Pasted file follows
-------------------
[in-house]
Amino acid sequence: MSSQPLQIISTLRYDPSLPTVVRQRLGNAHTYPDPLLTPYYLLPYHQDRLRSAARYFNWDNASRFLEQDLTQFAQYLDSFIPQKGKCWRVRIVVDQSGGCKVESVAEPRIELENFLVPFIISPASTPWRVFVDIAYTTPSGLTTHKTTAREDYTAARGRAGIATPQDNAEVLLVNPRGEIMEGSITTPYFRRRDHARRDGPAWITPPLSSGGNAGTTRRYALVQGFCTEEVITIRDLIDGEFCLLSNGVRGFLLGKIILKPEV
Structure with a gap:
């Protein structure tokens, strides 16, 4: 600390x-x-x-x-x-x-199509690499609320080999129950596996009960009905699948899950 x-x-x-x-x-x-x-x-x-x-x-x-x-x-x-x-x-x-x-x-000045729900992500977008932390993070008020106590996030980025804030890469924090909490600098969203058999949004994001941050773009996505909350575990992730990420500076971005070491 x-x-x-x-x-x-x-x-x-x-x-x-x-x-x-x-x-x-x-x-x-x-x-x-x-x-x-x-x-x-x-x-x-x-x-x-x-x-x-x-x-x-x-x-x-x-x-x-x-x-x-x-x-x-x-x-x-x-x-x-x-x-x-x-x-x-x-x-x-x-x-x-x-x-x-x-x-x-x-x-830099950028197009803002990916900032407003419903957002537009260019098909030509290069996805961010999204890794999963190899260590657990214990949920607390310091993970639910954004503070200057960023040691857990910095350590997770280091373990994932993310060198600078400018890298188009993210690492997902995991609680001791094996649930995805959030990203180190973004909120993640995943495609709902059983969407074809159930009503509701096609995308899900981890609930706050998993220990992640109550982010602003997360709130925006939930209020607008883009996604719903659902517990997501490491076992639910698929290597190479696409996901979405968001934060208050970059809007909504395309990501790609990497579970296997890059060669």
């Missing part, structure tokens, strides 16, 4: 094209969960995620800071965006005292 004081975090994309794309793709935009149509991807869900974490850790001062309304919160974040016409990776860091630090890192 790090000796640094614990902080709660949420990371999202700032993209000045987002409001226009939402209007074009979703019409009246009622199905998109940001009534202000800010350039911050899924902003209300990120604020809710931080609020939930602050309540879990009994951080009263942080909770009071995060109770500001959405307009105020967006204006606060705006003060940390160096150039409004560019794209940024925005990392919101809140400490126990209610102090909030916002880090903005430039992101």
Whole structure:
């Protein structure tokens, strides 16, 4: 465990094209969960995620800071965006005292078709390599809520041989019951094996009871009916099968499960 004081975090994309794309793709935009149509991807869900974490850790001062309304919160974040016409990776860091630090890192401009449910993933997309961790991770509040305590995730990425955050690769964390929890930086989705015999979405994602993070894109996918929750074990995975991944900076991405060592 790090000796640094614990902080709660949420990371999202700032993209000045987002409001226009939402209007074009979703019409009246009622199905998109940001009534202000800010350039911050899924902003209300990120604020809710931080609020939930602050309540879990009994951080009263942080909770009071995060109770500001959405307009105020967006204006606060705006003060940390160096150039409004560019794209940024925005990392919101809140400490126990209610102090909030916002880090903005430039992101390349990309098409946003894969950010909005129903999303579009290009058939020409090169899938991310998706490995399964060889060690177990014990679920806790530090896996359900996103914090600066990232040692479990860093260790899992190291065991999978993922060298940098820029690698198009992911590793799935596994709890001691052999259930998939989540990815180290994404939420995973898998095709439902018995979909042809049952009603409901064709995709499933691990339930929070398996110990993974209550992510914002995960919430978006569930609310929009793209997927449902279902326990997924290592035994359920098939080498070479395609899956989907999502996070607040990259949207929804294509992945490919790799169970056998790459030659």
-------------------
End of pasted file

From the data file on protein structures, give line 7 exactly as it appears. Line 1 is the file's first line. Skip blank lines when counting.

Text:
């Protein structure tokens, strides 16, 4: 465990094209969960995620800071965006005292078709390599809520041989019951094996009871009916099968499960 004081975090994309794309793709935009149509991807869900974490850790001062309304919160974040016409990776860091630090890192401009449910993933997309961790991770509040305590995730990425955050690769964390929890930086989705015999979405994602993070894109996918929750074990995975991944900076991405060592 790090000796640094614990902080709660949420990371999202700032993209000045987002409001226009939402209007074009979703019409009246009622199905998109940001009534202000800010350039911050899924902003209300990120604020809710931080609020939930602050309540879990009994951080009263942080909770009071995060109770500001959405307009105020967006204006606060705006003060940390160096150039409004560019794209940024925005990392919101809140400490126990209610102090909030916002880090903005430039992101390349990309098409946003894969950010909005129903999303579009290009058939020409090169899938991310998706490995399964060889060690177990014990679920806790530090896996359900996103914090600066990232040692479990860093260790899992190291065991999978993922060298940098820029690698198009992911590793799935596994709890001691052999259930998939989540990815180290994404939420995973898998095709439902018995979909042809049952009603409901064709995709499933691990339930929070398996110990993974209550992510914002995960919430978006569930609310929009793209997927449902279902326990997924290592035994359920098939080498070479395609899956989907999502996070607040990259949207929804294509992945490919790799169970056998790459030659």